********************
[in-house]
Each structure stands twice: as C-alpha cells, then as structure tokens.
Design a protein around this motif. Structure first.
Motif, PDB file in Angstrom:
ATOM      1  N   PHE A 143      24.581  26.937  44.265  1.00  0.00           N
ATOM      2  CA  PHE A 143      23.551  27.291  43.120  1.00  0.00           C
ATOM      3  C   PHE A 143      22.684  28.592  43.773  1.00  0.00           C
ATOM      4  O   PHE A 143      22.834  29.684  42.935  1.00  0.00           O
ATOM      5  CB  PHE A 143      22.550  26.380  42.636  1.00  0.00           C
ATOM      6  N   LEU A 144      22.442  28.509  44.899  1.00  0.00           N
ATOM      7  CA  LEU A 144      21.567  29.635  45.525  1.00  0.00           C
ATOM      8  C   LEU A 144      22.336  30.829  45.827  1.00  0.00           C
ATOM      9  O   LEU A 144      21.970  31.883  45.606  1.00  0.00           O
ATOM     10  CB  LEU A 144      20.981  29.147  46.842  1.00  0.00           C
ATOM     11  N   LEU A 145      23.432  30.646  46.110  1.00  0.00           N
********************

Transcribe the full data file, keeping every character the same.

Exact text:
[in-house]
Each structure stands twice: as C-alpha cells, then as structure tokens.
Design a protein around this motif. Structure first.
Motif, PDB file in Angstrom:
ATOM      1  N   PHE A 143      24.581  26.937  44.265  1.00  0.00           N
ATOM      2  CA  PHE A 143      23.551  27.291  43.120  1.00  0.00           C
ATOM      3  C   PHE A 143      22.684  28.592  43.773  1.00  0.00           C
ATOM      4  O   PHE A 143      22.834  29.684  42.935  1.00  0.00           O
ATOM      5  CB  PHE A 143      22.550  26.380  42.636  1.00  0.00           C
ATOM      6  N   LEU A 144      22.442  28.509  44.899  1.00  0.00           N
ATOM      7  CA  LEU A 144      21.567  29.635  45.525  1.00  0.00           C
ATOM      8  C   LEU A 144      22.336  30.829  45.827  1.00  0.00           C
ATOM      9  O   LEU A 144      21.970  31.883  45.606  1.00  0.00           O
ATOM     10  CB  LEU A 144      20.981  29.147  46.842  1.00  0.00           C
ATOM     11  N   LEU A 145      23.432  30.646  46.110  1.00  0.00           N